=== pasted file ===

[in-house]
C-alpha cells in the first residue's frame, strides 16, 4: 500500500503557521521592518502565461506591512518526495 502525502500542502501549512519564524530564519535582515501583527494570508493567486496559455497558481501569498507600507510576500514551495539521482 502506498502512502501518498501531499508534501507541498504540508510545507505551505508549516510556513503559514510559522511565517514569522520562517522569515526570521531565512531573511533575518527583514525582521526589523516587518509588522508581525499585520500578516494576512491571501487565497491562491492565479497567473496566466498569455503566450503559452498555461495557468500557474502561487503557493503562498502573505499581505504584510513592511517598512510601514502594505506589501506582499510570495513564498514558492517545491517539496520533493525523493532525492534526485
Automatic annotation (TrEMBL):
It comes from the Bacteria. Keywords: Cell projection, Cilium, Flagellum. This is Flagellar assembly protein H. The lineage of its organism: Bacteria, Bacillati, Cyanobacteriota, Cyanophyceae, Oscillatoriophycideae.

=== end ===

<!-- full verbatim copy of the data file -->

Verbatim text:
[in-house]
C-alpha cells in the first residue's frame, strides 16, 4: 500500500503557521521592518502565461506591512518526495 502525502500542502501549512519564524530564519535582515501583527494570508493567486496559455497558481501569498507600507510576500514551495539521482 502506498502512502501518498501531499508534501507541498504540508510545507505551505508549516510556513503559514510559522511565517514569522520562517522569515526570521531565512531573511533575518527583514525582521526589523516587518509588522508581525499585520500578516494576512491571501487565497491562491492565479497567473496566466498569455503566450503559452498555461495557468500557474502561487503557493503562498502573505499581505504584510513592511517598512510601514502594505506589501506582499510570495513564498514558492517545491517539496520533493525523493532525492534526485
Automatic annotation (TrEMBL):
It comes from the Bacteria. Keywords: Cell projection, Cilium, Flagellum. This is Flagellar assembly protein H. The lineage of its organism: Bacteria, Bacillati, Cyanobacteriota, Cyanophyceae, Oscillatoriophycideae.